This variable is referenced every time something is inserted into the cache, unless explicitly overridden by the expirationTime attribute of the cf_sprawk tag. Since different types of pages or contents may require different expiration times, it is possible to specify the expiration time each time you invoke cf_sprawk. For example you may have a busy page where translations are often fine tuned after the "base language" version has been fixed, in which case a shorter expiration time may be desired, while more static pages where the translations rarely change can do with longer than default expiration times.
When getting or setting cache entries, you need to provide the functions a unique identifier for the entry, i.e. a key. In sprawk.cfc we use the simple function
<cffunction name="getCacheKey" access="public" returntype="string" output="false"> <cfargument name="text" type="string" required="true"> <cfreturn this.toLang & "_" & hash(text)> </cffunction>
for generating our keys. It simply concatenates the language code for the language we are currently translating into, for example "fr" for French, with a hash of the source text. Coldfusion has a built in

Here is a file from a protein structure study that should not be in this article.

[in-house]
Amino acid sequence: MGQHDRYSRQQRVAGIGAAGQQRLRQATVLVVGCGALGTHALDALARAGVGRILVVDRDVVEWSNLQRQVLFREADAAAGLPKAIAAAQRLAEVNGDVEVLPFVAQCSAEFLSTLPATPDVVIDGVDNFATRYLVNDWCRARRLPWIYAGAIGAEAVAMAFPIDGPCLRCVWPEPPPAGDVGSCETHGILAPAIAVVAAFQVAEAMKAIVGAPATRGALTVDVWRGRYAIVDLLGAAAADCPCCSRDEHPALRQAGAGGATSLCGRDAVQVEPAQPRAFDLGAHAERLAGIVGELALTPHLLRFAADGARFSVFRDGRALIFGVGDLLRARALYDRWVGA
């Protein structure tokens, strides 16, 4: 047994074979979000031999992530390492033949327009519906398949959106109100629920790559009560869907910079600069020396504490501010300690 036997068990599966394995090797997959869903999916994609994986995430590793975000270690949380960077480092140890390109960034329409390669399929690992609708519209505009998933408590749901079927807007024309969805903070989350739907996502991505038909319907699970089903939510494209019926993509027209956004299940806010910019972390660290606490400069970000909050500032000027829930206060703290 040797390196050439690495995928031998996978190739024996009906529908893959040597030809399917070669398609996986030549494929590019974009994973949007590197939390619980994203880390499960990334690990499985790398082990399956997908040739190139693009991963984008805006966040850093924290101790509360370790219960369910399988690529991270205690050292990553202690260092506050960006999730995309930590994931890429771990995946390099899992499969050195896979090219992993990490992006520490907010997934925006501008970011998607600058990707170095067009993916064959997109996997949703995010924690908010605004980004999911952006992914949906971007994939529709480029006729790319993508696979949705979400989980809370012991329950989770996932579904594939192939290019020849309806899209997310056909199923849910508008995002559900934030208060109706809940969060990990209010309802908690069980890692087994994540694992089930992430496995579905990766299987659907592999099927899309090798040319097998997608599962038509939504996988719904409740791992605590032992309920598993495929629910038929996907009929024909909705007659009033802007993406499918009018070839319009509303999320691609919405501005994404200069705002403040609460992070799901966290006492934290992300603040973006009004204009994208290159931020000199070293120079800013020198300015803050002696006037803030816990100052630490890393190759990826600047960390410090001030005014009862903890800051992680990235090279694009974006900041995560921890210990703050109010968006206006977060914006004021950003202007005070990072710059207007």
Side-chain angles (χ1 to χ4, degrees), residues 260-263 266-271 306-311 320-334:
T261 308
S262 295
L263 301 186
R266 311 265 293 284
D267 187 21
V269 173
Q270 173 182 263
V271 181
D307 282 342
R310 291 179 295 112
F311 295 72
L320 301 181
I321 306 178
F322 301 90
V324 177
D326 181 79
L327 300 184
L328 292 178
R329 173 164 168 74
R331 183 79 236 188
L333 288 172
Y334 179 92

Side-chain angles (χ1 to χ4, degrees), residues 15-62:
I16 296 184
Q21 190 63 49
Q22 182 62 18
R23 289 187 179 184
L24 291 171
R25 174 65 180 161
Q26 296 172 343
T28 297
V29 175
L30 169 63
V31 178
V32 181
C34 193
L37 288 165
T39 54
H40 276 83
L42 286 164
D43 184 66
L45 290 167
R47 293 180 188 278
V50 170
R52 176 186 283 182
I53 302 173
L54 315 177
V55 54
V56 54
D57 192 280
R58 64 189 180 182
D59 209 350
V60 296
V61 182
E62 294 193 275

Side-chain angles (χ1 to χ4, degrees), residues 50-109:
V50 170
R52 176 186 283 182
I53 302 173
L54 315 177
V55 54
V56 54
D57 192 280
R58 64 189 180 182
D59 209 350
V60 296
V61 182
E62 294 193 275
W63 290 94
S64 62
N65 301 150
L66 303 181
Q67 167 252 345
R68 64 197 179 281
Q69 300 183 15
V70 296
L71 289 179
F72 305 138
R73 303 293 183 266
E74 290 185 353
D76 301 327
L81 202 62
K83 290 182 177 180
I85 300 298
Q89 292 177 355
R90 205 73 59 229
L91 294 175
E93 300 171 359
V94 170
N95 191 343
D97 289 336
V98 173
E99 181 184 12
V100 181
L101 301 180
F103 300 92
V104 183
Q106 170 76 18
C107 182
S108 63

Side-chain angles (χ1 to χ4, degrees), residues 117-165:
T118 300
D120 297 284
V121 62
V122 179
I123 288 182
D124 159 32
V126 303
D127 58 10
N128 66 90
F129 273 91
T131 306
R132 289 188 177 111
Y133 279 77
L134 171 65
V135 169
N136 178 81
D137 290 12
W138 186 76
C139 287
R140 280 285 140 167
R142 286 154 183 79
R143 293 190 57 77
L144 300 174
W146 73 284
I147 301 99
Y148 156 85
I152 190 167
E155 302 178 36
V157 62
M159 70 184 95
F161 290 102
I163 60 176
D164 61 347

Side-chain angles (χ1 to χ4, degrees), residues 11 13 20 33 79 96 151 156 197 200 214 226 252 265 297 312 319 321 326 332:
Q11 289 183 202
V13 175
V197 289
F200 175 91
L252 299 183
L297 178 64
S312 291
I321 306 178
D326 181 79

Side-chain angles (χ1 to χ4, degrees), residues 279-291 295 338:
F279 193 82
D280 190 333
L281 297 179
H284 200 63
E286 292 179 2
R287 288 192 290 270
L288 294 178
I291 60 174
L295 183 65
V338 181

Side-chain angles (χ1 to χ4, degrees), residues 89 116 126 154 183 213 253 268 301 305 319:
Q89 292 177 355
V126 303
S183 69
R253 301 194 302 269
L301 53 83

hash() function which accepts a string of any length and returns a unique identifier.
Though very simple, a function like this for generating the key is usually a good idea, since building the key every time it is used sooner or later inevitably leads to key mismatches breaking the caching, which can be cumbersome to troubleshoot. (We've been there!)
Accessing the SimpleCache
For accessing the instance of simpleCache, we use the function
<cffunction name="getCache" access="public" returntype="any" output="false"> <cfif (not structkeyexists(Application, "sprawkCache")) > <cfset Application.sprawkCache = createObject("component", "uidcore.simpleCache") .Init()> </cfif> <cfreturn Application.sprawkCache> </cffunction>
which returns the simpleCache instance called sprawkCache in the Application scope, after setting it up first if it doesn't exist.